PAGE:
Resistcopyright.org

  • Yay! Now I can take one thing off my to do list (writing yet another post about how NC licenses restrict all kinds of uses that the copyright holder probably didn’t intend….including me as a consultant remixing content into open-licensed ebooks, videos, and courses for K-12 students).

    And for anyone else still in doubt over this, you can always selectively apply an NC license to individual content that you think might help fund your kids’ college experiences, but please don’t make NC your default on everything.

    Thank you so much, Alan, for your deliberate thought on this and especially for sharing!

    • Alan Levine aka CogDog cogdogblog.com

      Thanks, but it hardly feels deliberate, considering I switched twice and then returned to where I was to begin with.

      But that’s how operate- instead of pretending to offer expert answers, I toss out half baked ideas, and my network provides the answers or directions. Being an expert is way over-rated, all that pressure of being so RIGHT all the time, not for me.

  • […] CC BY-NC to CC BY Posted on September 18, 2010 by openedblogger| Leave a comment Alan Levine has a new post discussing why he wants to move from CC BY-NC to CC BY. From the post: I do not […]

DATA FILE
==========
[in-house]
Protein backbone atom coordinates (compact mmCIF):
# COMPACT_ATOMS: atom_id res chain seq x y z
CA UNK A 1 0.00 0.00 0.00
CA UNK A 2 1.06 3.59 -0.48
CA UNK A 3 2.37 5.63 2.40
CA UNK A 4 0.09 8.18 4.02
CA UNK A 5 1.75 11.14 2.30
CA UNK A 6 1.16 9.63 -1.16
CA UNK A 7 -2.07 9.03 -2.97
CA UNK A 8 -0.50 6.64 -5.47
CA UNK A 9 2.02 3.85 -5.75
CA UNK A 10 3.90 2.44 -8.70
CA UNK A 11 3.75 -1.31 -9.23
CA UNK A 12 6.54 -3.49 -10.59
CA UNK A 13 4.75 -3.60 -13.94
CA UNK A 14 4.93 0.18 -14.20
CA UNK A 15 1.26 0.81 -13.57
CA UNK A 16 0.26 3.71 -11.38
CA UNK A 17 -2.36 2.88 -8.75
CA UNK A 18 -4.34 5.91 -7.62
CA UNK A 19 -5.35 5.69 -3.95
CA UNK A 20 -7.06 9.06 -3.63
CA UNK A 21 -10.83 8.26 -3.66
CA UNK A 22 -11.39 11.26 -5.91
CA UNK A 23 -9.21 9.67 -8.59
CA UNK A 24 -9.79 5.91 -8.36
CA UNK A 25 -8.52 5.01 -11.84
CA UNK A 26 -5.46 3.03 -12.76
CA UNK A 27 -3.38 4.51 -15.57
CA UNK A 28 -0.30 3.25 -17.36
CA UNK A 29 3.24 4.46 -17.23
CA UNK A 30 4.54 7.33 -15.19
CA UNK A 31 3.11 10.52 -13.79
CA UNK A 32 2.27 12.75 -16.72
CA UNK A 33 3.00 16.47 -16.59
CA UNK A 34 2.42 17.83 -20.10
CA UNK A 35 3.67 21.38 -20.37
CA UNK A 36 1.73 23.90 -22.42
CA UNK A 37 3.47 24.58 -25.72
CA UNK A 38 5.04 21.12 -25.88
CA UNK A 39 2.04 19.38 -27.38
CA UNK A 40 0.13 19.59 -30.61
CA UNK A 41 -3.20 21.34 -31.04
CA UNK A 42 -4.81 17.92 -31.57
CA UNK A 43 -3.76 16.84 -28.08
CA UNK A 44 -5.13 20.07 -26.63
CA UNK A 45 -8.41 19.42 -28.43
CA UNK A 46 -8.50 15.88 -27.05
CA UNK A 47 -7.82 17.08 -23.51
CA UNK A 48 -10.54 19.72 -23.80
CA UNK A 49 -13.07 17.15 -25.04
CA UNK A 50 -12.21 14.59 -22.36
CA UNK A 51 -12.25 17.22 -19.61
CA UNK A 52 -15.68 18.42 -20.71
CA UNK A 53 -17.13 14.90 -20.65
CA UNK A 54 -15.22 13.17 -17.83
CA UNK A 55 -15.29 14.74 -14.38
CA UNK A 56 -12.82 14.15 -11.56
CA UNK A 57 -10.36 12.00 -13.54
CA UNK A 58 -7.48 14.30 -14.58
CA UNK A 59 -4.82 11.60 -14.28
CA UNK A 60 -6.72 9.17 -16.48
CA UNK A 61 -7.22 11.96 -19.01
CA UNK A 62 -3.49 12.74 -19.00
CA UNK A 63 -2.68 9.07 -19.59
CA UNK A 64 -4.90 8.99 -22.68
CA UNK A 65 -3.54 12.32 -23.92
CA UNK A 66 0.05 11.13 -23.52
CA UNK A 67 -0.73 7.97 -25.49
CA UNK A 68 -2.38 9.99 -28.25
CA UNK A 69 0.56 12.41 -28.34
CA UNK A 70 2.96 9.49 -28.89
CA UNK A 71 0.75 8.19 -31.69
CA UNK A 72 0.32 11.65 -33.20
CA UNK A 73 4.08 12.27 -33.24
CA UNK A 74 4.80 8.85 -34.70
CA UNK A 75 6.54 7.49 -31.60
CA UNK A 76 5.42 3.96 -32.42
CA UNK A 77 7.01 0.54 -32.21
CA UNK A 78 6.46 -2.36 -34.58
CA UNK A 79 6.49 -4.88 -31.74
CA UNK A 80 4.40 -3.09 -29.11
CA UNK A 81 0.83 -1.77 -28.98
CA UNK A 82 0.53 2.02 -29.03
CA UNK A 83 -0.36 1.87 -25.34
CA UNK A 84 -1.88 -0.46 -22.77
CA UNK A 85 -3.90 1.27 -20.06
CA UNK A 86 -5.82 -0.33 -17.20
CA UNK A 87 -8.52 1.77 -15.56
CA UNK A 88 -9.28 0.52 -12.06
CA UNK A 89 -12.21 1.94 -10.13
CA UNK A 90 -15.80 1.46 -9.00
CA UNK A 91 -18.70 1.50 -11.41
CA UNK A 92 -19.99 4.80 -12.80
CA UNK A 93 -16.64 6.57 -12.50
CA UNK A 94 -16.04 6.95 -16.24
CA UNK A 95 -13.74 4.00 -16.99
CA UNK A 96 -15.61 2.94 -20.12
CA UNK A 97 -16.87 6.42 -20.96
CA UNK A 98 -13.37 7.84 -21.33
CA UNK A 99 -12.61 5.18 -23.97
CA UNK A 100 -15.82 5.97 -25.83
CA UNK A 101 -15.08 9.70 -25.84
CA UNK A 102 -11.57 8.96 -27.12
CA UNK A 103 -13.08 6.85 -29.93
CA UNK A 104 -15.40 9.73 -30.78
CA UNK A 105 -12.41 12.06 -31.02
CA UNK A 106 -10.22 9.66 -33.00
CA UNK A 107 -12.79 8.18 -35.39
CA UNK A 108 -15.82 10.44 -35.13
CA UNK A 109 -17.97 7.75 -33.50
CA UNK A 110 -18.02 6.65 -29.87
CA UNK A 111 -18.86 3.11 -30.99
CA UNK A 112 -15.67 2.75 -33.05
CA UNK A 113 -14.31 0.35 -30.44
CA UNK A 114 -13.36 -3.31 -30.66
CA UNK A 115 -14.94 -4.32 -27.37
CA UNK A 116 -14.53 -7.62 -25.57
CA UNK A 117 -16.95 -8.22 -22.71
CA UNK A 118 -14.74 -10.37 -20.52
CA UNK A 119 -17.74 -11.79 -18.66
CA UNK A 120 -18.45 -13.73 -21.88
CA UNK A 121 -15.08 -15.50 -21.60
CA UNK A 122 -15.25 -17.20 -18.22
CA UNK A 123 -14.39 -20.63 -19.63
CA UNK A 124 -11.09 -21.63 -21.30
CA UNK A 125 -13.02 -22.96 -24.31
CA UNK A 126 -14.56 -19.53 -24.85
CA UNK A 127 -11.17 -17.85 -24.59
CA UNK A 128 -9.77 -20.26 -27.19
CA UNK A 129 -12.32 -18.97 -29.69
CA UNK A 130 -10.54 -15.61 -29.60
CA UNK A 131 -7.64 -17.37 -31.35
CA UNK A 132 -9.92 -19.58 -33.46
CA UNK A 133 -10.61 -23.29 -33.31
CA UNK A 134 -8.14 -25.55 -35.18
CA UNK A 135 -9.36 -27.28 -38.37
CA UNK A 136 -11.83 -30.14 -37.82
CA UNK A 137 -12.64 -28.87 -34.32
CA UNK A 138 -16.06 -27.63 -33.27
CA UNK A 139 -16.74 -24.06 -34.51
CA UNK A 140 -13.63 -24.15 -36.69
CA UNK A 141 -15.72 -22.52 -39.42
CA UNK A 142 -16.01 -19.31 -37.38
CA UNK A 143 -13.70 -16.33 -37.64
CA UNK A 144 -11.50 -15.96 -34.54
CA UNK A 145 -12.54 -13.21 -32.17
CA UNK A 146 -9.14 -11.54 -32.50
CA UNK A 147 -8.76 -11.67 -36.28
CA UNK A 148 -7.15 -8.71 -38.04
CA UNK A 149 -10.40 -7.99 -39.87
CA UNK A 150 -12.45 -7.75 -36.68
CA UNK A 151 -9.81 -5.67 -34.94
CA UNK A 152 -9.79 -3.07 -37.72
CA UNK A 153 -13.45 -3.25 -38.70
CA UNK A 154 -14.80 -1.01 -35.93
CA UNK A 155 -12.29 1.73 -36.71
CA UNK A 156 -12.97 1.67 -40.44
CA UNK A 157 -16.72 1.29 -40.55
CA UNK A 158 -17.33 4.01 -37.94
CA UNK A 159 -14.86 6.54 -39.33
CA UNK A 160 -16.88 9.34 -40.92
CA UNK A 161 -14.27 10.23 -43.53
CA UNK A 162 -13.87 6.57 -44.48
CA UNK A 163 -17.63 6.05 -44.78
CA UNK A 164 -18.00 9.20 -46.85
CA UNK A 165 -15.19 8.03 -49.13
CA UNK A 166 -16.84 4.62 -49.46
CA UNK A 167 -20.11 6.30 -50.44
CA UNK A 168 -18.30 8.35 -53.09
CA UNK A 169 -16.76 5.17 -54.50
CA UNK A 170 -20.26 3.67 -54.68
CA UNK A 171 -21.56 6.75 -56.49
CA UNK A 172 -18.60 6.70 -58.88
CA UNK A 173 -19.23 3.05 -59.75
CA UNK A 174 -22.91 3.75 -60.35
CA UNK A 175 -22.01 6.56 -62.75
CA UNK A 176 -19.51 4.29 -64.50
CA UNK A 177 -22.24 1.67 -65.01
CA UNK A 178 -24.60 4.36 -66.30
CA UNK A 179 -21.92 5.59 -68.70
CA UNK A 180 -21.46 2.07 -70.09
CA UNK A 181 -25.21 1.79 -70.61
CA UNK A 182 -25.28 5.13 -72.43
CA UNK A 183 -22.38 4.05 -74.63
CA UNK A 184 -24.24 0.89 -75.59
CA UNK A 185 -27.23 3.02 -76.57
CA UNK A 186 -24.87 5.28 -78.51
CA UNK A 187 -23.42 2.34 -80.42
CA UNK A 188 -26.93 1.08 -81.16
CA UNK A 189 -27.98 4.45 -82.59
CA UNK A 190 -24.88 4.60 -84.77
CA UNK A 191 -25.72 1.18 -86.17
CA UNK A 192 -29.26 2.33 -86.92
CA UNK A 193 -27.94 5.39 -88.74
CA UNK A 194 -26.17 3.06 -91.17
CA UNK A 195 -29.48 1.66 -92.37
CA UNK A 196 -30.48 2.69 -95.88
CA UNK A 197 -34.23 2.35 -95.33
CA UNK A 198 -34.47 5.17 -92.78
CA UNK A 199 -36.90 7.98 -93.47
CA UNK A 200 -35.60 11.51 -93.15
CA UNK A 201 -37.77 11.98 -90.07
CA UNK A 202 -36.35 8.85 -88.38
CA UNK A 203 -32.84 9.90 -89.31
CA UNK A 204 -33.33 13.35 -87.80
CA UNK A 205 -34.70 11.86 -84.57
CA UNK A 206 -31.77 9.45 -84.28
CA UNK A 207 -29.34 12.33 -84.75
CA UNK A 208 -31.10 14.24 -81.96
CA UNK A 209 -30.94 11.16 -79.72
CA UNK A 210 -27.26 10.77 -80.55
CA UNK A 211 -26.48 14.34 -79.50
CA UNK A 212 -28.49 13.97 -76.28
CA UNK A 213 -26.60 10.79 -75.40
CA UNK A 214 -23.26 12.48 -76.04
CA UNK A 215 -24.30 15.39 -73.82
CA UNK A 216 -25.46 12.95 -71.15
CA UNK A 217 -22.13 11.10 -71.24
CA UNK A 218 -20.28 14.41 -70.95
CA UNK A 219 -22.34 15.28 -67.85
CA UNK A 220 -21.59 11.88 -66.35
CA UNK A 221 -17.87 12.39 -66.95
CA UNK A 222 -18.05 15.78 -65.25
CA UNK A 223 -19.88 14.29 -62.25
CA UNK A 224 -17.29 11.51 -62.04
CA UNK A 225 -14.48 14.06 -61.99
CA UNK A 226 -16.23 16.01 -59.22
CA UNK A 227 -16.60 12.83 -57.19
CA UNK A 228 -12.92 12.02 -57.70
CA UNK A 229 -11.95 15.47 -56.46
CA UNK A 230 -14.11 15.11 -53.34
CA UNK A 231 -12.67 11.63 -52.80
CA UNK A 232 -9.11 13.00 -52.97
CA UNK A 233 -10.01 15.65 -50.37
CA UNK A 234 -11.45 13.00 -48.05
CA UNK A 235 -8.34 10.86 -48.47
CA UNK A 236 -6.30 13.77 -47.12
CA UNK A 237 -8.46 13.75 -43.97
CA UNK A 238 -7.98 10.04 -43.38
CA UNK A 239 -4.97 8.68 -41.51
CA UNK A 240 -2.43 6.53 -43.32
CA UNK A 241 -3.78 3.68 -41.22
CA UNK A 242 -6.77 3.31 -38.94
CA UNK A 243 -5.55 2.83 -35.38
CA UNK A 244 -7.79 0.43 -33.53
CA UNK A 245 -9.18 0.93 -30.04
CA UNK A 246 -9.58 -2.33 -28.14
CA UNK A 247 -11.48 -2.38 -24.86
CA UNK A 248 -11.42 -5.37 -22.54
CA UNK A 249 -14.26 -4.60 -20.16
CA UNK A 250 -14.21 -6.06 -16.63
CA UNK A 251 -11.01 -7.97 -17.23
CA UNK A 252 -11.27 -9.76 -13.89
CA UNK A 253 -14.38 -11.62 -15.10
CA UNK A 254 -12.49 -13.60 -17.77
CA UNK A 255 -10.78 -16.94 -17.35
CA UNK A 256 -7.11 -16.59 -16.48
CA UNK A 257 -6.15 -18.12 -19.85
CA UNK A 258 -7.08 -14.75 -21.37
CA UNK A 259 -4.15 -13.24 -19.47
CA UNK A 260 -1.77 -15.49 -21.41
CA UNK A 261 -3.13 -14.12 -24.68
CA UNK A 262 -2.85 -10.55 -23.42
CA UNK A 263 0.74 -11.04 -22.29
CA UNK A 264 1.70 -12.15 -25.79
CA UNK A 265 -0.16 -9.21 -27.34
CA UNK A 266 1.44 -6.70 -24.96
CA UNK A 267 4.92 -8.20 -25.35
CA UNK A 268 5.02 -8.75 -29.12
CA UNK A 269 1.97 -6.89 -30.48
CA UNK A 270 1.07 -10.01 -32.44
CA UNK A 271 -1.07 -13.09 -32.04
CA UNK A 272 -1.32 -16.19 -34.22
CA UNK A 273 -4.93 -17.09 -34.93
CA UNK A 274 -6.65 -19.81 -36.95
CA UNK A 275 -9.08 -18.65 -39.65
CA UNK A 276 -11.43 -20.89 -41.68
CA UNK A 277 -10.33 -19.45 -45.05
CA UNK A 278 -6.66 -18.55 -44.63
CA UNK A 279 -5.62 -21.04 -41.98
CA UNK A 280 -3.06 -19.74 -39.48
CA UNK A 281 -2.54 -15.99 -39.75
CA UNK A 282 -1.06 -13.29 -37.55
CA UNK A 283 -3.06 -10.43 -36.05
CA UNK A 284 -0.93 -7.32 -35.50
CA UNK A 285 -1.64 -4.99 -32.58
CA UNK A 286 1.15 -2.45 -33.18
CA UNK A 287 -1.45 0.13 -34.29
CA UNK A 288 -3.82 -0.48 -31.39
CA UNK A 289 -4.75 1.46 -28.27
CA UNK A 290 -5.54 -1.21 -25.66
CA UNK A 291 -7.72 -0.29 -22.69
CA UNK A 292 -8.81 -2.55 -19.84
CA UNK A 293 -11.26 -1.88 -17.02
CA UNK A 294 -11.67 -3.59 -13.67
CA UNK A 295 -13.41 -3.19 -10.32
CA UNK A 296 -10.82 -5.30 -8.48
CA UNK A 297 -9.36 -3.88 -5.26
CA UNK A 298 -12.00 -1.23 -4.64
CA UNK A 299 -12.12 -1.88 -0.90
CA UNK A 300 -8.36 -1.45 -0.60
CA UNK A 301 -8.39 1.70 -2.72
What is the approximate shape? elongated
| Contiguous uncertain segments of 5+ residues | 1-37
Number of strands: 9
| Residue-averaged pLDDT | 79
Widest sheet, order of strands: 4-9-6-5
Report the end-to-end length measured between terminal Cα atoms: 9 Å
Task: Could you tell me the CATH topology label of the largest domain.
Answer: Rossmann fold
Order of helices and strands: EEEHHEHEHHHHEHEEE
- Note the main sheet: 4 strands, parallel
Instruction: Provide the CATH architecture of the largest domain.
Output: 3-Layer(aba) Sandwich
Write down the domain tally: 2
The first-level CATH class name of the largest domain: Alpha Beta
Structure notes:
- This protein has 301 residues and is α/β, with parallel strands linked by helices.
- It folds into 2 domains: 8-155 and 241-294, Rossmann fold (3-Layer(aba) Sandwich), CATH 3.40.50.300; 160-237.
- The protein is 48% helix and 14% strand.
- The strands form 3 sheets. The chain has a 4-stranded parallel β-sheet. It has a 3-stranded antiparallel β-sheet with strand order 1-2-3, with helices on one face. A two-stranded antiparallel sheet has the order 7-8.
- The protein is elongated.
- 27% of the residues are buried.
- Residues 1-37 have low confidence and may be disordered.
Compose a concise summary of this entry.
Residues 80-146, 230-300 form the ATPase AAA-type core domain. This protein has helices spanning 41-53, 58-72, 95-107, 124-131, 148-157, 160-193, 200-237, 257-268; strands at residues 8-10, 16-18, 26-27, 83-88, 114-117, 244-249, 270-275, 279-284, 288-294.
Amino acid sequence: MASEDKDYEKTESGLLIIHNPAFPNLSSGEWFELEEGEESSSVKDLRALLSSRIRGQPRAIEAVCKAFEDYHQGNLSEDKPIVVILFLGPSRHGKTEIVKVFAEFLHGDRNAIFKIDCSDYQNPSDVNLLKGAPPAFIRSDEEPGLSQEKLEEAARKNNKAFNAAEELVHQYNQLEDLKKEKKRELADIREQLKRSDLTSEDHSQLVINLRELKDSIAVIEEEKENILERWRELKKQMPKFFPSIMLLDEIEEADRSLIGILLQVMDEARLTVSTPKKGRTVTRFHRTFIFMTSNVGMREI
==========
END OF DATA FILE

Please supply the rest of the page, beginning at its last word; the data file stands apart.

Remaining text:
• Ben Finney

    I’m glad you’ve thought hard about this, and I’m glad you have arrived at a choice of license which makes your works free culture. I have no intention of pressuring you to change again :-)

    What I’m interested in, though, is why you dropped the CC SA term. Has anyone objected to what the ShareAlike term does: that they can’t further restrict recipients when redistributing your work? Do you find those objections have merit?

    The CC folks are great, and the movement is a positive force; but it’s galling that the license options were presented to the world with little discussion of whether they result in free works. Later they began to address freedom, which is a partial course correction.